By allowing ads to appear on this site, you support the local businesses who, in turn, support great journalism.
Lower-key festival still holds gems
Tony Shalhoub, left, stars as Sheriff Andersen in "Feed the Fish," one of the films featured at this year’s Atlanta Film Festival. - photo by Richard Steinberger

Watch Jeff Marker and co-host Jonathan Hickman interview writers, directors and stars featured at the Atlanta Film Festival on their online show, "The Film Fix." Their videos feature "Pushin Up Daisies" writer/director Patrick Franklin and producer Andy Rusk, among others.

By the time you read this, the 2010 edition of the Atlanta Film Festival will be winding down. Today is the final day, with a full schedule of films, then the week wraps up Friday night with the Drive-By Truckers shindig.

The festival was slightly lower key than last year. 2009 offered foreign films featuring international stars Audrey Tautou, Gael Garcia Bernal and Diego Luna. "(500) Days of Summer" played the festival, then went on to become a big hit. The opening night gala was attended by Josh Brolin, Eddie Vedder, Jasmine Guy, the late scholar/activist Howard Zinn and many others. The Mexican Consulate General co-sponsored the closing night screening.

This year’s festival might restore some of that flash by closing with a documentary about and a live performance by a local band gone big-time. But I think it’s safe to say AIFF 2010 didn’t offer quite as much "star power" as the previous year.

That’s not a bad thing. The festival stuck a little closer to its core mission this year, which is to support independent films that genuinely need the support. And if those films happen to be made in Georgia or the Southeast, all the better.

Not all indie films are created equal. The term "independent" is used to refer to films with multimillion-dollar budgets, films made for a few thousand dollars, films made with nothing more than promises — and all points in between.

Successful film festivals run the danger of being invaded by those bigger-budget indies that use festival showings to generate interest. It’s cheaper than buying television air time, and it lends the movies the aura of indie credibility.

But those films could probably afford other types of marketing. The Atlanta Film Festival is at its best when it provides an outlet for quality, truly independent films that might be overlooked if not for festivals. This year offered plenty of those undiscovered gems.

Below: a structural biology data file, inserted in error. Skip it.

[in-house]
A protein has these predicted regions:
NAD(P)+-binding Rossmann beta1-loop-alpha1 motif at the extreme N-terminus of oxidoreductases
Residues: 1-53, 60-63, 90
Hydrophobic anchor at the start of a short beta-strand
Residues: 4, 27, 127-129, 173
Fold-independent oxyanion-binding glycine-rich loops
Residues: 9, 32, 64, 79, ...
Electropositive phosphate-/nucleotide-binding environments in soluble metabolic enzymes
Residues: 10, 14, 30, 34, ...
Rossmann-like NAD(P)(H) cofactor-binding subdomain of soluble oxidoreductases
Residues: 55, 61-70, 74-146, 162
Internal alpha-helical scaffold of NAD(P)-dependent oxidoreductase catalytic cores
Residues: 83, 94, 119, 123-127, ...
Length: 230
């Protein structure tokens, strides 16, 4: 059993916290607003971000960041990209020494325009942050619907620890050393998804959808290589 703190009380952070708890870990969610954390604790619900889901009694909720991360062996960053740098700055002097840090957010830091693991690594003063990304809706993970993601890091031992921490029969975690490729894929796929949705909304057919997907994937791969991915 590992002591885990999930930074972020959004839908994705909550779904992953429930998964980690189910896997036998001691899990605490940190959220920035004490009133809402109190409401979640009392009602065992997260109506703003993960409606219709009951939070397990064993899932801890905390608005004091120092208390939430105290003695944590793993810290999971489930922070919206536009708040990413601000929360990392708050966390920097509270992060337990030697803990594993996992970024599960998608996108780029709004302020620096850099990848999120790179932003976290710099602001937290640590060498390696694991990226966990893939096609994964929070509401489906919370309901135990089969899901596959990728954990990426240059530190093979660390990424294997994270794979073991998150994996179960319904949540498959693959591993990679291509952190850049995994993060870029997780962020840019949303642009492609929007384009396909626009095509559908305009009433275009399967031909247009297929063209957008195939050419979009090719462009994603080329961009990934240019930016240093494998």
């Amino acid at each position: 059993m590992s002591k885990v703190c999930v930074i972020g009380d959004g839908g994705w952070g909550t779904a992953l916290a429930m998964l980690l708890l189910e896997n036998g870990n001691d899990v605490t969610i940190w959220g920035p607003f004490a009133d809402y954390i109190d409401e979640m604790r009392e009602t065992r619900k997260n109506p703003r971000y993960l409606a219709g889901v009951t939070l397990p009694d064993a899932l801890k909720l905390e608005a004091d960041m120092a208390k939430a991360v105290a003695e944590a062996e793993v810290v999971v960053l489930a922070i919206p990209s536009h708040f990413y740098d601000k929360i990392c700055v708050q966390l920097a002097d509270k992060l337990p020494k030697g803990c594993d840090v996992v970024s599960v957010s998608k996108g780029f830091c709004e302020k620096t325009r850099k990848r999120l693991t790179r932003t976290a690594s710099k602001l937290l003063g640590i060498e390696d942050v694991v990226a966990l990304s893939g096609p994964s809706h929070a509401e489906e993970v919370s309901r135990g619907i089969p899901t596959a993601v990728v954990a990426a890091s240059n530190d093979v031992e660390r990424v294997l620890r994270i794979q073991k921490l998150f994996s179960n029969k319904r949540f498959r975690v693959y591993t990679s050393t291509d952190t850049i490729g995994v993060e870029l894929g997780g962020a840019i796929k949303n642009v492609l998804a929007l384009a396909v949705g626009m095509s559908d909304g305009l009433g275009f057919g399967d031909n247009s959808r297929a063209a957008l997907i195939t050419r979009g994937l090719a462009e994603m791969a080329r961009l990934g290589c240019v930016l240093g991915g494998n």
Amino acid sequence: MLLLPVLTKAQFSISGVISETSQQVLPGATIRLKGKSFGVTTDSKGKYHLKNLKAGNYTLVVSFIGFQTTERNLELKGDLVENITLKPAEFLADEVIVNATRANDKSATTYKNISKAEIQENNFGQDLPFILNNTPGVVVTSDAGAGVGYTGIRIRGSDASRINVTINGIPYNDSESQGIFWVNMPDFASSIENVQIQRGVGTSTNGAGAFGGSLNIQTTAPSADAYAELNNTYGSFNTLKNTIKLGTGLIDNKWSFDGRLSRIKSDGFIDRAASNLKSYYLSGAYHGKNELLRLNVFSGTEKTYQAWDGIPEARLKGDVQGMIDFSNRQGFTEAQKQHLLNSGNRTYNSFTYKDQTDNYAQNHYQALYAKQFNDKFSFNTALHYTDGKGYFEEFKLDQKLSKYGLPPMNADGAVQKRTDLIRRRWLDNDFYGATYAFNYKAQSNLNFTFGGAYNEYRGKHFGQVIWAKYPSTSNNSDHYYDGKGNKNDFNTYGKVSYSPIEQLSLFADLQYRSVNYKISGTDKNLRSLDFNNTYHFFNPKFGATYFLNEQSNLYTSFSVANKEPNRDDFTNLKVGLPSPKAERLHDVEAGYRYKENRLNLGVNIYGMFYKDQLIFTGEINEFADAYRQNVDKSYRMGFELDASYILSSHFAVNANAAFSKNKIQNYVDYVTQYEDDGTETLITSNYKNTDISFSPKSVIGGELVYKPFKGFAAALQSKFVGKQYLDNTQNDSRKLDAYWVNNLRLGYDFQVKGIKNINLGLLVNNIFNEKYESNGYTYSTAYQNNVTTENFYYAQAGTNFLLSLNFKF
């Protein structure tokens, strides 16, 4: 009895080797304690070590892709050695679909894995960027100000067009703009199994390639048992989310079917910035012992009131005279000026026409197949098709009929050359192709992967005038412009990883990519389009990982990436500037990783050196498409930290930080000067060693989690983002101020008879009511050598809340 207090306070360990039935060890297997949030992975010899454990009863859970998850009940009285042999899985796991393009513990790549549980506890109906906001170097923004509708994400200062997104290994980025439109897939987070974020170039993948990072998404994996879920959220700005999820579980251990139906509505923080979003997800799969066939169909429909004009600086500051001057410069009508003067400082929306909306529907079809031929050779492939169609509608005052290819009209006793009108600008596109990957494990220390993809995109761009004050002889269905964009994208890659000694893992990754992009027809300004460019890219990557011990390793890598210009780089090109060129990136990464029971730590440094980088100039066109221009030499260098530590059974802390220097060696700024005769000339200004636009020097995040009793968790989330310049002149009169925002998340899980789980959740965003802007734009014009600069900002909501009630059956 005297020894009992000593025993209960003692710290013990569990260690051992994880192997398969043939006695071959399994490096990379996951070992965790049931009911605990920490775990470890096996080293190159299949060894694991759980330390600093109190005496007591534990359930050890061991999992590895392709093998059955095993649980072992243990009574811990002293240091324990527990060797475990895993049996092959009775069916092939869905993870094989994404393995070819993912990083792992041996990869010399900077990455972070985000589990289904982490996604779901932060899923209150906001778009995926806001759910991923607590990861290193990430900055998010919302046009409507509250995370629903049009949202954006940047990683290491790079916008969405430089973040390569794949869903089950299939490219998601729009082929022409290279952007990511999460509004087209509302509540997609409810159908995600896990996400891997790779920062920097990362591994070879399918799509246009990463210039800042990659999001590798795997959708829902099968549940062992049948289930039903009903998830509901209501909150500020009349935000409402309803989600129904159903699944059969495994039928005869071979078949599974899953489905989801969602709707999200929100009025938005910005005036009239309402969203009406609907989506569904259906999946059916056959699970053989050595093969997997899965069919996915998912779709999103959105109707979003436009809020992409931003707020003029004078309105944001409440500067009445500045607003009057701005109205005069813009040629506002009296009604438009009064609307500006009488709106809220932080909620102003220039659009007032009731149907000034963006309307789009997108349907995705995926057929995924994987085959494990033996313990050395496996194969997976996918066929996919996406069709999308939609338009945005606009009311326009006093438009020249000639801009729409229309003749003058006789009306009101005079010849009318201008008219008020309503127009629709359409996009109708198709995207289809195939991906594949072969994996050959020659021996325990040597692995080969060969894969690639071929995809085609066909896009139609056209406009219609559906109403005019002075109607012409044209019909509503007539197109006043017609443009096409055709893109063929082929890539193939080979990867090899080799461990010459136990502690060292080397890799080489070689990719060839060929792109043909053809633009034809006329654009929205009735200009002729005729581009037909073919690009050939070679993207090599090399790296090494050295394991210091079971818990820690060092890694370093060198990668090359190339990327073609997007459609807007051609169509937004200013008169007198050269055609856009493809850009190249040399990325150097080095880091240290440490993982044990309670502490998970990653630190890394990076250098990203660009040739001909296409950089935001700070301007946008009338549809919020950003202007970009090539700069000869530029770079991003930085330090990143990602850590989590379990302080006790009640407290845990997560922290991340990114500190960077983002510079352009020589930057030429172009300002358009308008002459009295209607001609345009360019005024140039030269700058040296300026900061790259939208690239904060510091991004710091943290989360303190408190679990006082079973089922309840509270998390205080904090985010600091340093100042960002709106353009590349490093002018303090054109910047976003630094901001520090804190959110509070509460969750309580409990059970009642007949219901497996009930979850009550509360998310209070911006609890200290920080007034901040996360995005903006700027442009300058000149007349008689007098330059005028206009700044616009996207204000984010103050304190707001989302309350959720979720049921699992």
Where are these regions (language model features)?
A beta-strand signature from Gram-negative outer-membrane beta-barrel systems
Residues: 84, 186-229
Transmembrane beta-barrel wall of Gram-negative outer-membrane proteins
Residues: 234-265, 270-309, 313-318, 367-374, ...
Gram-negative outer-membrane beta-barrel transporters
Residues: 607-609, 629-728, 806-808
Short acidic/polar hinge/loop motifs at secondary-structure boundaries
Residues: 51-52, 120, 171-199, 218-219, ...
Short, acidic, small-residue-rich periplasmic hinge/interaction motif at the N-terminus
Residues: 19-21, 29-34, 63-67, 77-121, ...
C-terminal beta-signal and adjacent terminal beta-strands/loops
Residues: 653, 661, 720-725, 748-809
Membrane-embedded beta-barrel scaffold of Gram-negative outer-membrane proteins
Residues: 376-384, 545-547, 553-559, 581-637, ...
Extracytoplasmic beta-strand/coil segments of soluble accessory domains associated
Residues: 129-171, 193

I wrote last week that revelations happen at this festival each year, and 2010 was no exception. Here are a few more of this year’s discoveries.

"The Last Survivor": This inspiring documentary follows survivors of four genocides and mass atrocities (The Holocaust, Rwanda, Darfur, and Congo). We witness their will not only to survive but to educate and prevent similar tragedies.

"The Adventures of Ledo and Ix" and "Ledo and Ix Go to Town": Ever wonder what video game characters do when we’re not around? Ledo and Ix are avatars in a combat role-playing game who wander around the virtual world in which they live, encountering creepy villagers who intone the same programmed dialogue repeatedly and reaching the dark, unknown edge of their video game backgrounds. Emily Carmichael animated these two witty shorts, and it turns out Carmichael is a Jill of all trades who has worked in live action shorts, comic strips and other media.

"The Battle for Bunker Hill": Fresh off serving a stint in prison for fraud, former Wall Street executive Peter Salem (James McDaniel) goes to a small town in Kansas to reconnect with his ex-wife Hallie (Laura Kirk) and two daughters. When the town suddenly loses power and all communication, Peter and Hallie are caught in a crucible of paranoia and fear as the townspeople try to find out why they have been cut off.

"The Battle of Pussy Willow Creek": What presents itself as a PBS-style documentary is actually an uproarious mockumentary about a pivotal Civil War battle in which a misfit Union regiment of 600 prevented a mercenary army 50 times its size from conquering Washington. It’s a one-of-a-kind, subversive satire that makes us laugh as it takes aim at social issues including race, gender politics and homophobia.

Jeff Marker is a media studies professor at Gainesville State College.